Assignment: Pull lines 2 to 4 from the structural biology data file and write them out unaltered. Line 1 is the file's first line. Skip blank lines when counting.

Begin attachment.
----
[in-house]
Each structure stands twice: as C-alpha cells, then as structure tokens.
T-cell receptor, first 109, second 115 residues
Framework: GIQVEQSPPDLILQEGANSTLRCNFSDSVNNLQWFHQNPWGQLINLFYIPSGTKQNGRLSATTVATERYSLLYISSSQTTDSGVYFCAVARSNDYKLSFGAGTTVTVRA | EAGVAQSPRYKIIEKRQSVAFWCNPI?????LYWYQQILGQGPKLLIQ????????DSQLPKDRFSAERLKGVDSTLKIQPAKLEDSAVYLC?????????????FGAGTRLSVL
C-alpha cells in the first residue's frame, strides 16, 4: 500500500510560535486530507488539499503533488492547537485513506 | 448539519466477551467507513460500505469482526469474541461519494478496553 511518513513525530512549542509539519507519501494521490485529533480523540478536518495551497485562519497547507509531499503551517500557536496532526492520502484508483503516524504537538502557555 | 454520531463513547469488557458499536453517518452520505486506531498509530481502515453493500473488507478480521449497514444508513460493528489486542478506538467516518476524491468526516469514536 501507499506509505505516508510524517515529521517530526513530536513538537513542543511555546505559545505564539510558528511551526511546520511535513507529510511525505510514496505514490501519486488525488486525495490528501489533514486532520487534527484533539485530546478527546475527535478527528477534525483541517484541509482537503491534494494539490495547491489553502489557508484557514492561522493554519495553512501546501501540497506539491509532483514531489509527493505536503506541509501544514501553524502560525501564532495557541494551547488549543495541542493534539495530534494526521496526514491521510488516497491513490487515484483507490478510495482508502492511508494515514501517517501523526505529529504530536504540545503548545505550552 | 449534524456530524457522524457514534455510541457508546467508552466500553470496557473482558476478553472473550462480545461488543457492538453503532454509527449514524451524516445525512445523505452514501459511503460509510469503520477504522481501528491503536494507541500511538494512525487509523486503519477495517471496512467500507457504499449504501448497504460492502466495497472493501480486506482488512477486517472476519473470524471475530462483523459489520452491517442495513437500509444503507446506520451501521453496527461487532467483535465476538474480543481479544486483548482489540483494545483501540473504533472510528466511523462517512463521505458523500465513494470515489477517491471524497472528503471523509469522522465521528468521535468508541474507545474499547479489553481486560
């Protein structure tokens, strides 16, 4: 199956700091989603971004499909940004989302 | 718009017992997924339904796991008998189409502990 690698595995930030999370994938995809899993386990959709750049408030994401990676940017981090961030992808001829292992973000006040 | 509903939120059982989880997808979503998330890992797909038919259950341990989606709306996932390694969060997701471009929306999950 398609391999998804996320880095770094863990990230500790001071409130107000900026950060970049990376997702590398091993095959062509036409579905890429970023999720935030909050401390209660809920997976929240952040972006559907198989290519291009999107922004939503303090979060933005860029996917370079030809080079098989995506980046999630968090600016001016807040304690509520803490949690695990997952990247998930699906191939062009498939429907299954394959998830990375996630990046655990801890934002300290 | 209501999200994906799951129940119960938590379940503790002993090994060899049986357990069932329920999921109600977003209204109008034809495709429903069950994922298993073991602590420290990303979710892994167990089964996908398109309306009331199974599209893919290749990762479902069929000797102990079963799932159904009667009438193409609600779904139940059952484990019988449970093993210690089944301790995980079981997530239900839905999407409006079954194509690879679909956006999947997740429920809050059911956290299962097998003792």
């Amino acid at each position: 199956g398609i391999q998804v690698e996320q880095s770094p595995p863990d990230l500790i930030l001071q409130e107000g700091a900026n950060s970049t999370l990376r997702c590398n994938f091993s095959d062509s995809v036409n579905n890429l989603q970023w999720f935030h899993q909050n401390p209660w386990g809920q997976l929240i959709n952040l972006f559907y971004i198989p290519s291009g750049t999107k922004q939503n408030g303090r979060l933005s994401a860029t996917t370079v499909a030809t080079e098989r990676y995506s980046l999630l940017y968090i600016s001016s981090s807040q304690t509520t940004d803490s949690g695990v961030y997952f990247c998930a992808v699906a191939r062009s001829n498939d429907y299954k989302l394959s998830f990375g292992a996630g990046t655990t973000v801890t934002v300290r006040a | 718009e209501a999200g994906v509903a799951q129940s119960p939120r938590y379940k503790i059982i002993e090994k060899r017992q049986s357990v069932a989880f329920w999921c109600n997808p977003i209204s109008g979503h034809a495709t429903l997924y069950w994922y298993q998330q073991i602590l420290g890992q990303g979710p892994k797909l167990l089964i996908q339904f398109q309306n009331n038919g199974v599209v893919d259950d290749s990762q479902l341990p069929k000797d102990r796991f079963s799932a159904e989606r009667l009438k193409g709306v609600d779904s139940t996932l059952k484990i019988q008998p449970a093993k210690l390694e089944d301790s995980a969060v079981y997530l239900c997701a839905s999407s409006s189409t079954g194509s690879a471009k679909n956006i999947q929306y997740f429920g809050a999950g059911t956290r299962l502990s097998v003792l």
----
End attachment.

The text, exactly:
Each structure stands twice: as C-alpha cells, then as structure tokens.
T-cell receptor, first 109, second 115 residues
Framework: GIQVEQSPPDLILQEGANSTLRCNFSDSVNNLQWFHQNPWGQLINLFYIPSGTKQNGRLSATTVATERYSLLYISSSQTTDSGVYFCAVARSNDYKLSFGAGTTVTVRA | EAGVAQSPRYKIIEKRQSVAFWCNPI?????LYWYQQILGQGPKLLIQ????????DSQLPKDRFSAERLKGVDSTLKIQPAKLEDSAVYLC?????????????FGAGTRLSVL